How to Get Rid of Anxiety Right Now

Anxiety can be an awful feeling and it can be hard to overcome. This guide shows you how to overcome anxiety and live a better life.

 Everyone experiences anxiety from time to time. Anxiety is a typical reaction to uncertainty about what may happen next, whether it be in the next few minutes, days, or months.

Anxiety, according to mental health professionals, is fear about a threat that is still in the future. Thinking about a dreaded discussion, for example, might cause your stomach to clench up days before it occurs. Before a test or presentation, your heart may rush. You could wake up at night worrying about catching COVID-19 at the grocery store.

It's also natural to desire to get rid of those unpleasant, pit-of-the-stomach sensations as soon as possible. However, according to David H. Rosmarin, PhD, assistant professor of psychology at Harvard Medical School in Boston, this method might make you feel more worried.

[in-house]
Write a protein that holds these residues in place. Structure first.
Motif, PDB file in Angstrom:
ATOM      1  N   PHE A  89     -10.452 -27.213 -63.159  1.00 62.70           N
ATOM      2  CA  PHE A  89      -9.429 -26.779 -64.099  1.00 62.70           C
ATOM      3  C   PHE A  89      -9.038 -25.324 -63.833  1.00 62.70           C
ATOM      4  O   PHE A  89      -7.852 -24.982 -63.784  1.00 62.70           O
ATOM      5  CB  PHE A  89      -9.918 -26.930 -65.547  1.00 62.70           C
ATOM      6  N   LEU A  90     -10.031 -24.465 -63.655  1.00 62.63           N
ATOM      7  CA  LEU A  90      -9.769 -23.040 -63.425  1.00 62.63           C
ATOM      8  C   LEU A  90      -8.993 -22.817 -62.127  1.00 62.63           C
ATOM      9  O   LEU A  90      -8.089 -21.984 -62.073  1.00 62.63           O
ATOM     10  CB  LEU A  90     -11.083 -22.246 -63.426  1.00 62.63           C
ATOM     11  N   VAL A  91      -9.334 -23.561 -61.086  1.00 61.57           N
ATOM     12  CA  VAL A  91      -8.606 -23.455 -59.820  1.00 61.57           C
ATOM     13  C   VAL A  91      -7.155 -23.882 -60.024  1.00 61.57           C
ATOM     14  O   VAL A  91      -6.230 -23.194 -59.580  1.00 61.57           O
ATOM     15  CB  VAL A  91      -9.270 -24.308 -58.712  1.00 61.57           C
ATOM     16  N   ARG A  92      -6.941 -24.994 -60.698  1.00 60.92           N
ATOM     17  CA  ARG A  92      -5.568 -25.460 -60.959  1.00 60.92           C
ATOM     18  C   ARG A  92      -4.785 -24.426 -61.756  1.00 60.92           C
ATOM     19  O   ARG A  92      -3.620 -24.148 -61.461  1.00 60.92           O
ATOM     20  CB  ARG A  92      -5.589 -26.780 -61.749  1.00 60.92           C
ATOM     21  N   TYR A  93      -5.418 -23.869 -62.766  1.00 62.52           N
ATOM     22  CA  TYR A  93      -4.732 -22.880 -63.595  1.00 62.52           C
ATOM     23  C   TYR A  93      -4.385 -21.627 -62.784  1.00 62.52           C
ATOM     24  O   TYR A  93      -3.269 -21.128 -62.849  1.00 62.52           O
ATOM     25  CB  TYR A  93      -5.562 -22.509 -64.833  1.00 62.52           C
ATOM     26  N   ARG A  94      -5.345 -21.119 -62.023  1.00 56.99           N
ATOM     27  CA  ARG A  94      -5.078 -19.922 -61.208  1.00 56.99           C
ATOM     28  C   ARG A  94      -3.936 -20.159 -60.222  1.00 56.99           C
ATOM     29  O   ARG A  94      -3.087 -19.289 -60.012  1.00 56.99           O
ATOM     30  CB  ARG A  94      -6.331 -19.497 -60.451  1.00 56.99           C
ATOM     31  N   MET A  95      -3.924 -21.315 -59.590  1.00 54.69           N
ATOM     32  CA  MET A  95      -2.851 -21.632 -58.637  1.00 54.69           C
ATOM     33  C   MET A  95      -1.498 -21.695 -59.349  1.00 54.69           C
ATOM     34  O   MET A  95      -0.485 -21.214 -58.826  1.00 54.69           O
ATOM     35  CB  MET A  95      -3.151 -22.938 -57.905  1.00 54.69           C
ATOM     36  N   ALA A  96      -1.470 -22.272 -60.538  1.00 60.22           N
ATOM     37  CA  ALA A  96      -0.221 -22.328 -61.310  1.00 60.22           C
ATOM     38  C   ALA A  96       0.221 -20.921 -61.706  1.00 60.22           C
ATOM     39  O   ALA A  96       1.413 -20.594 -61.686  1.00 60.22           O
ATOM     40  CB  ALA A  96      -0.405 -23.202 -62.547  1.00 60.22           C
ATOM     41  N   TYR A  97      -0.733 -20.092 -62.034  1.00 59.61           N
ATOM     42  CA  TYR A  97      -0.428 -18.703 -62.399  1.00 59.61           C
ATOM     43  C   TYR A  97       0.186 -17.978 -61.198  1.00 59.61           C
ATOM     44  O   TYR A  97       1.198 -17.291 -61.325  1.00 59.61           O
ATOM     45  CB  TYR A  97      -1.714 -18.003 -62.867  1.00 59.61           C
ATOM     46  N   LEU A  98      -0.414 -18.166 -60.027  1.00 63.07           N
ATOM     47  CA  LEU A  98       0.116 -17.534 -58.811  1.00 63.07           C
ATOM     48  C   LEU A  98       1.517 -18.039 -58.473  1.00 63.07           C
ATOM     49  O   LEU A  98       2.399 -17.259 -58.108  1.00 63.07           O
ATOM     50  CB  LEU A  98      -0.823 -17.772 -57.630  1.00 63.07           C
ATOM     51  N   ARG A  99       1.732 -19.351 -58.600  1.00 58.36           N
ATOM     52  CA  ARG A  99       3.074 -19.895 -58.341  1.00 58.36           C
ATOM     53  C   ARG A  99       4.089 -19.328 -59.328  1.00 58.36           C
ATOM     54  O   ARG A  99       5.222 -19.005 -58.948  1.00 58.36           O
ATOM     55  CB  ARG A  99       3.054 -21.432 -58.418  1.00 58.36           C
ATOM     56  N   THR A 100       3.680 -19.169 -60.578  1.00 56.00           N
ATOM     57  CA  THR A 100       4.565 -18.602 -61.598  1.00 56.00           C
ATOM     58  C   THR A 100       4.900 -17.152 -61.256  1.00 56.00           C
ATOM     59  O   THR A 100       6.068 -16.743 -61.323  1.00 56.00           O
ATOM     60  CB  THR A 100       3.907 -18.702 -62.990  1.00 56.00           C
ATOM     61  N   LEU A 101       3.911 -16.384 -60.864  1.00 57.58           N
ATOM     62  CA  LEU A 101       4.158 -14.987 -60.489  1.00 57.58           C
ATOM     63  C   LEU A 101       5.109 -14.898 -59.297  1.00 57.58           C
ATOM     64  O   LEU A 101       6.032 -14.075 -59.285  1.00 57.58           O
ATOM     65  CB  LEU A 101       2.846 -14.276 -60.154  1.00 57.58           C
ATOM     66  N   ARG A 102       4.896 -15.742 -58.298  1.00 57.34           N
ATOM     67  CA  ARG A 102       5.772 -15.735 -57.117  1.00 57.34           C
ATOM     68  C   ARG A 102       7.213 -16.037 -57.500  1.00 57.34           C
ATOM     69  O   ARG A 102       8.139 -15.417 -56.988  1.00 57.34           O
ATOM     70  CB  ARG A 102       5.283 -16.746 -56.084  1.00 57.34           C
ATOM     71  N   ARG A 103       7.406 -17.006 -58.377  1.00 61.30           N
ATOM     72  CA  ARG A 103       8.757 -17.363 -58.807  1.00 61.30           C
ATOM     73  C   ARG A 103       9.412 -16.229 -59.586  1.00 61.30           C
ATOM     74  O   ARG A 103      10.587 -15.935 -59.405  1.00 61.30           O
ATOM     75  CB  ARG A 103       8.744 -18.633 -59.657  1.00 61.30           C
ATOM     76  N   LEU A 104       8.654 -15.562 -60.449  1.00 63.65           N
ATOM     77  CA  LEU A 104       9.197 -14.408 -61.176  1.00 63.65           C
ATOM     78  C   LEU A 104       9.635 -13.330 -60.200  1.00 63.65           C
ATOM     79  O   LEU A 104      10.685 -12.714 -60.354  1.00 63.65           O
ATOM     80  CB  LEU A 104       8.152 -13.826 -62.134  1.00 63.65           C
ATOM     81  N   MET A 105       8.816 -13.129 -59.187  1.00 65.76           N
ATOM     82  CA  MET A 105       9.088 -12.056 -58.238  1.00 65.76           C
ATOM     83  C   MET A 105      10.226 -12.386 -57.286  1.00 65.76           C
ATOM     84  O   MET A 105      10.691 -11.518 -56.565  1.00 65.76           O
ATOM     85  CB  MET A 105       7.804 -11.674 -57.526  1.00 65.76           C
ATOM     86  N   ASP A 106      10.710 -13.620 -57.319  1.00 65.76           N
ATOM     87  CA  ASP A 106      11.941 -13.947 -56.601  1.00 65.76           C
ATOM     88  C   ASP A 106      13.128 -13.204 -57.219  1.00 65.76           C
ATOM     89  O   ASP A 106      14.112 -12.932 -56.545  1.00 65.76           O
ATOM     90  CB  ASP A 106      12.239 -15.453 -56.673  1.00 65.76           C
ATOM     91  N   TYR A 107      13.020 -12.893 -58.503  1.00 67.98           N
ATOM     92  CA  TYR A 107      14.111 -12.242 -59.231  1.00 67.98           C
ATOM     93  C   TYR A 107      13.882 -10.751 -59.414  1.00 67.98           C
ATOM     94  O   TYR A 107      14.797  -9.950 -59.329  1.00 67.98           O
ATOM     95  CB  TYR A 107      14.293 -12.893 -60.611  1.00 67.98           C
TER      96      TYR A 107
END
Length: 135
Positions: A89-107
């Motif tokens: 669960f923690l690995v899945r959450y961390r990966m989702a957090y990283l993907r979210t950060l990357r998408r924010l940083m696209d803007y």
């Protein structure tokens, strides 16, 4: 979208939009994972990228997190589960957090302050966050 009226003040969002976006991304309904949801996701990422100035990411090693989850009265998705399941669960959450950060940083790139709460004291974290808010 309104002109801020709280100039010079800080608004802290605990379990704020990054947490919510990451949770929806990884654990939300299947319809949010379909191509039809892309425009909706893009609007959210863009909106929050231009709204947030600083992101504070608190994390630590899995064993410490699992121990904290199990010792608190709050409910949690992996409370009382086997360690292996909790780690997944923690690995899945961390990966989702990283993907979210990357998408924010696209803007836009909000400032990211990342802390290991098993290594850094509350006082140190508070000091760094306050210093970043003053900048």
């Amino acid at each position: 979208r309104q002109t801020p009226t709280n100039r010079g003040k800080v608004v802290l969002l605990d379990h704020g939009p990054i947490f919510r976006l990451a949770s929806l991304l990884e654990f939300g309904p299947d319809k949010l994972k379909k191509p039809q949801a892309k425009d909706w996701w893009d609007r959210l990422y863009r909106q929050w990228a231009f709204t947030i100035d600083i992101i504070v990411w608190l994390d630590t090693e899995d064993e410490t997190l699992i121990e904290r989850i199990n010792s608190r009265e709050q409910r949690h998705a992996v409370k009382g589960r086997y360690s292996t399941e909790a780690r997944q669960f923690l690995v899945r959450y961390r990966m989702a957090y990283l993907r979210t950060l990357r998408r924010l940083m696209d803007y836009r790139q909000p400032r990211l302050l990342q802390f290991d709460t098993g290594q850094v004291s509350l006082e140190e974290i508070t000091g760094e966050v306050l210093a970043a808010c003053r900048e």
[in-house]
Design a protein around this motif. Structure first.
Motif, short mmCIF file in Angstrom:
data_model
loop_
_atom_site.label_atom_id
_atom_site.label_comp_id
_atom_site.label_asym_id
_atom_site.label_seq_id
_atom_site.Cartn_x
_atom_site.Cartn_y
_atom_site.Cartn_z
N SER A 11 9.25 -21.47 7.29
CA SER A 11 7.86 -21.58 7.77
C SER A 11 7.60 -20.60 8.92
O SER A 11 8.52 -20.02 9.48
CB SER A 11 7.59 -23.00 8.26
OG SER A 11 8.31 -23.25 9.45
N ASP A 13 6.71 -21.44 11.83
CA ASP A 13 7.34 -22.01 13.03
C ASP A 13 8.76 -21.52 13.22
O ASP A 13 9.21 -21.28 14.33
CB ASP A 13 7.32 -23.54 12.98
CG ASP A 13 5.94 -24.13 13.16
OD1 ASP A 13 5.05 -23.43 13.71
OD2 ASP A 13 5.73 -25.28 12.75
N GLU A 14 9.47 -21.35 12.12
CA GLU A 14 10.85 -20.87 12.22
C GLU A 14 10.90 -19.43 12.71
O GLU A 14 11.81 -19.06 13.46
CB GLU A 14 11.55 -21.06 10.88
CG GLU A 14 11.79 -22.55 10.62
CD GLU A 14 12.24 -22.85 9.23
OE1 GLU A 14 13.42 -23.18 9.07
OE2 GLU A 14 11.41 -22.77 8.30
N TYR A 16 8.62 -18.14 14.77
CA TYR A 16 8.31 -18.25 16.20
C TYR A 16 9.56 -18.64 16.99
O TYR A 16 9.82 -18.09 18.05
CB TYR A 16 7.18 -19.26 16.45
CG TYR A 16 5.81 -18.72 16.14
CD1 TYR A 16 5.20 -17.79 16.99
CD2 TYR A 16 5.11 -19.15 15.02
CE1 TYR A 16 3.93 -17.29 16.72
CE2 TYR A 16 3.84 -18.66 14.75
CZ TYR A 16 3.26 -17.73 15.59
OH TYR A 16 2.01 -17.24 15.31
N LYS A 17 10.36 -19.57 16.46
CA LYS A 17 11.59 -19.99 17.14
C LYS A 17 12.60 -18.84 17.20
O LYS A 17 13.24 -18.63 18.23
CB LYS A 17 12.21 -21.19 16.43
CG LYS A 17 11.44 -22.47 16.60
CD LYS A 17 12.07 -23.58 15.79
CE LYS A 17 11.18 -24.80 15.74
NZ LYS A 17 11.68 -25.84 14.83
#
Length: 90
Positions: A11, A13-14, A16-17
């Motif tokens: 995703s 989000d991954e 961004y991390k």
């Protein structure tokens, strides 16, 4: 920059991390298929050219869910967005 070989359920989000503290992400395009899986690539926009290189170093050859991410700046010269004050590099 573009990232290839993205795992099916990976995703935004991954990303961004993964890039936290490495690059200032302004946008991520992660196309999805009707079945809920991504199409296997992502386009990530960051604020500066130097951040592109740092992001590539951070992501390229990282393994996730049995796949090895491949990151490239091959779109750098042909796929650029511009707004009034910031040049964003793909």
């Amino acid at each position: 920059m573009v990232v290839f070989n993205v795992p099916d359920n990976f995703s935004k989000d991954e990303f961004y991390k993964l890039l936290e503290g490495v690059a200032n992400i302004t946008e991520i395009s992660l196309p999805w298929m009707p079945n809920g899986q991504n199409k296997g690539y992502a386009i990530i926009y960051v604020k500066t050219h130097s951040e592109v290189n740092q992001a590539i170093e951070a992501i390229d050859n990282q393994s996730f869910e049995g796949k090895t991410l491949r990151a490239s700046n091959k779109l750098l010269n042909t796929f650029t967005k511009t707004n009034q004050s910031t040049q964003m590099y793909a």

"When you worry about getting rid of your anxiety, you're telling your nervous system that there's even more to worry about." "And this exacerbates your anxiousness," he explains.

Remember that if your anxiety lasts for a long time and interferes with your everyday life, you may have an anxiety disorder. In that instance, you may require therapy to recover.

How to Get Rid of Anxiety Right Now


Accepting Anxiety Can Help You Feel Better

It's not what folks are expecting to hear. According to Rosmarin, who is also the founder of the Center for Worry in New York City, one of the most effective methods to alleviate periodic anxiety is to embrace it.